A recent McGill study following the distribution patterns of the northern black widow and black purse-web spider populations hints at what the future of biodiversity research may look like in the digital age. Using previously collected observations from public online databases, McGill researchers have joined the increasing number of academics who harness the power of ‘citizen science.’
Comprised of an ever-growing class of novice researchers and biology enthusiasts, citizen scientists are helping researchers surmount a common obstacle: The deficiency of data. For a biodiversity study such as McGill’s, a large variety of data is required.
“Our study required species presence records and environmental data, [like] climate and land cover data, to predict the species distribution range,” Yifu Wang, a recent McGill graduate and senior author of the study, said.
In the past, researchers have relied primarily on their own observations or esteemed sources such as museum collections and historical literature when mapping distribution patterns. For species such as the black purse-web spider, on which minimal research exists, citizen science has proven a valuable tool for researchers who lack the resources to compile the data themselves.
To gather information, Wang and her colleagues turned to citizen scientists on wildlife observation sites like iNaturalist and BugGuide. Using these citizen-informed databases, the study found that the territory of the northern black widow spider has expanded northward while the black purse-web spider’s domain has stretched to the south. When comparing the study’s findings with historical species-distribution maps, it is evident that both species have experienced significant shifts from their native habitats over the last three decades.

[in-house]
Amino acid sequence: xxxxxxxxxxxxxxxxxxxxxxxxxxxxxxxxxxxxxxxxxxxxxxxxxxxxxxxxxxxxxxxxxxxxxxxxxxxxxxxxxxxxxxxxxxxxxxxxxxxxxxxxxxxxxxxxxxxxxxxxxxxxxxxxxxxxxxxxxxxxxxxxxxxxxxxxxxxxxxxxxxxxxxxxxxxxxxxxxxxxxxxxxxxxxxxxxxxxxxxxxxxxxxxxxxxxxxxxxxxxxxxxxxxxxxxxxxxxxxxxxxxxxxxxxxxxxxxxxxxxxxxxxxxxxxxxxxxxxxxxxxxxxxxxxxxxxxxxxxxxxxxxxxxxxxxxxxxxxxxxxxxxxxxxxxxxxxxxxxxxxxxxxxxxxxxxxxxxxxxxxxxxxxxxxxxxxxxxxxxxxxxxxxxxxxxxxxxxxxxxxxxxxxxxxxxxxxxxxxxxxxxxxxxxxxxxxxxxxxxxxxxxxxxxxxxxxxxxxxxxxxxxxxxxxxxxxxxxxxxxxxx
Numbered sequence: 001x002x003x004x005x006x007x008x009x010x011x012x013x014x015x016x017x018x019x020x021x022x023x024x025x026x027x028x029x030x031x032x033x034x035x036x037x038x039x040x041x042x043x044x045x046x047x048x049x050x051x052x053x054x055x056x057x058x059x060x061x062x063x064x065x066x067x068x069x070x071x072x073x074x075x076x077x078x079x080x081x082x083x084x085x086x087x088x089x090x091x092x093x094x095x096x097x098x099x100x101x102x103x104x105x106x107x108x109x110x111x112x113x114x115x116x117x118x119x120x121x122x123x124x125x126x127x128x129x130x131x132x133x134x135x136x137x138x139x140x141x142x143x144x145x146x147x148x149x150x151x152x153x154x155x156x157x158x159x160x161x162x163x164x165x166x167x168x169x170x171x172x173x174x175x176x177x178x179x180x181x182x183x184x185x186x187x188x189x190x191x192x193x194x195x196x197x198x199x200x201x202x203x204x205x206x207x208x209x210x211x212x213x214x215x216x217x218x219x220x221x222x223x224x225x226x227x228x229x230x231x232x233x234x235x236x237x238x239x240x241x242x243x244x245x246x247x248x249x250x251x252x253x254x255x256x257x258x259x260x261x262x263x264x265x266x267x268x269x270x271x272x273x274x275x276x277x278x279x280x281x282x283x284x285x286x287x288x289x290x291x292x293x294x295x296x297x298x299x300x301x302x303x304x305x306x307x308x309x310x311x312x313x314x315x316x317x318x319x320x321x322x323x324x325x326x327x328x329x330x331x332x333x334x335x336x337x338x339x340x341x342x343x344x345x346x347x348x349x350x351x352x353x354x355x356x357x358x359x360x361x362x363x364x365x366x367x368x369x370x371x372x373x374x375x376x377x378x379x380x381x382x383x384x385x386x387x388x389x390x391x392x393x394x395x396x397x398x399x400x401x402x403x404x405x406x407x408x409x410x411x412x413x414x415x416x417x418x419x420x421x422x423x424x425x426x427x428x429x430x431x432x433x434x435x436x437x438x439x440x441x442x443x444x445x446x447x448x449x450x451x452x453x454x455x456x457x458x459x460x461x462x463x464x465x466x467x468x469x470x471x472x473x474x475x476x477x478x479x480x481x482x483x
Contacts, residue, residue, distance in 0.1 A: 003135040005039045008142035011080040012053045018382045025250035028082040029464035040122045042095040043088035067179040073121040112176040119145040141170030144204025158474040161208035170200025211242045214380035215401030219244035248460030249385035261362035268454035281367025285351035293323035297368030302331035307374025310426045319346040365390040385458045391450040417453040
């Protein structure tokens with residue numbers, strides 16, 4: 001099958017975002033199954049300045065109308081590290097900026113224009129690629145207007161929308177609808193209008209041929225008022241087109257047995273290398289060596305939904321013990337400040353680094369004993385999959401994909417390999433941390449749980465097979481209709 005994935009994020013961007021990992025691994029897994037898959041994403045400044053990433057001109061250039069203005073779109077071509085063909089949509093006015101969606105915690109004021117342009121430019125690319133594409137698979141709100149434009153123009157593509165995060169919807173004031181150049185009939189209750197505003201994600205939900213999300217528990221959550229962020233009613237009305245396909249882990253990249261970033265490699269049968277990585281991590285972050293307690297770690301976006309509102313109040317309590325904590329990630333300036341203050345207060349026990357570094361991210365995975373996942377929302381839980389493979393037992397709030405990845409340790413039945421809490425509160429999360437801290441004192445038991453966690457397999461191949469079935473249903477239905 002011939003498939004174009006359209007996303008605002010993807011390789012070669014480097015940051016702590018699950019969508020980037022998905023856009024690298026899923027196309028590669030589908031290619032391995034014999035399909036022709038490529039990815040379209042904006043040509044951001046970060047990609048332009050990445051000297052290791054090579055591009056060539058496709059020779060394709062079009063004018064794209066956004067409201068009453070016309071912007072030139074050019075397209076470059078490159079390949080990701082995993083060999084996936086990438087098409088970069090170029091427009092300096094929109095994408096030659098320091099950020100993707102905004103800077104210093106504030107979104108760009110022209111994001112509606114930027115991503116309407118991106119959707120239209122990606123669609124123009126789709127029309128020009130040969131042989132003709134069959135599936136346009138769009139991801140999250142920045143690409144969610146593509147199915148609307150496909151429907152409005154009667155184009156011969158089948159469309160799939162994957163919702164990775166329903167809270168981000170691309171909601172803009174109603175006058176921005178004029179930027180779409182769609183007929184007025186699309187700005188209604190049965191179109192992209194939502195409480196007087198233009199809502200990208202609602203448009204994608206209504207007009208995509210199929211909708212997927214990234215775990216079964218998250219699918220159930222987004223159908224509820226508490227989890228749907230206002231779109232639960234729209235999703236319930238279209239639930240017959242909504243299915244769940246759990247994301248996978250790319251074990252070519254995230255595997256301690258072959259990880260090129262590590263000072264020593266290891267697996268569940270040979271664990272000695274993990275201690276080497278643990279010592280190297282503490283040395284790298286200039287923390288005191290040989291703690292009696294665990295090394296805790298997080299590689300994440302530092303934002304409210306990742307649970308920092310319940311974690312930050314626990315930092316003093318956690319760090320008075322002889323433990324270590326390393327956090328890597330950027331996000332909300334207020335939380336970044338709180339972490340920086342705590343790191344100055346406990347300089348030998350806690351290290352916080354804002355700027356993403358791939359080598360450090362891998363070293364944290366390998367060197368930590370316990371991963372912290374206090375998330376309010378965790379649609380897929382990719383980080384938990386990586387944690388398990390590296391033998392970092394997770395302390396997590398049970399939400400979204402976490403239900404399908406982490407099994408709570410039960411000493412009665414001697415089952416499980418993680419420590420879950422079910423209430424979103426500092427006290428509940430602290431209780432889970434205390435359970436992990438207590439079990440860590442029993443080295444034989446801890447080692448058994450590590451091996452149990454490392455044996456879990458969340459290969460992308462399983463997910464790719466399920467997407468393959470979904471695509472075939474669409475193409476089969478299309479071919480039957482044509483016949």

“We determined what environmental factors best explain distributions and, for both species, temperature was the key driver,” Christopher Buddle, a professor in the Department of Natural Resource Sciences and researcher on the study, said to the The McGill Tribune.
Other factors, such as annual precipitation rate and seasonal variations of the climate, also contributed to changes in the spiders’ distribution.
“While our paper did not specifically address climate change, we can now use the current maps of these species and see how things change as the planet warms,” Buddle said.
While Buddle is pleased with the findings indicating a change in species distribution, equally revelatory was the study’s successful utilization of citizen science.
“A very high percentage of the data we had for both species came from [public databases], so the value of citizen science is immense,” Buddle said.
Although the researchers feel confident that the information gathered from online databases is factual, Buddle acknowledged that the risk of error is always present when using citizen science data. Fortunately, there are preventative measures in place, which preserve the value of citizen scientists accumulating data.
“Incorrect identifications on online platforms such as these are quickly and effectively handled by experts,” Buddle said.
The observer community regulates the quality of identifications by vetting all posted information, employing a peer-review approach similar to that which is standard in scientific research.
The new study is an encouraging example of how the scientific community at large may begin to take citizen science seriously, employing online data in all facets of ecological and epidemiological research.
“There is immense value to leveraging the passion of citizens in contributing to meaningful science,” Buddle said. “The scientific community will benefit from all citizens who engage with and participate directly in science, and, in turn, the science will better serve the public.”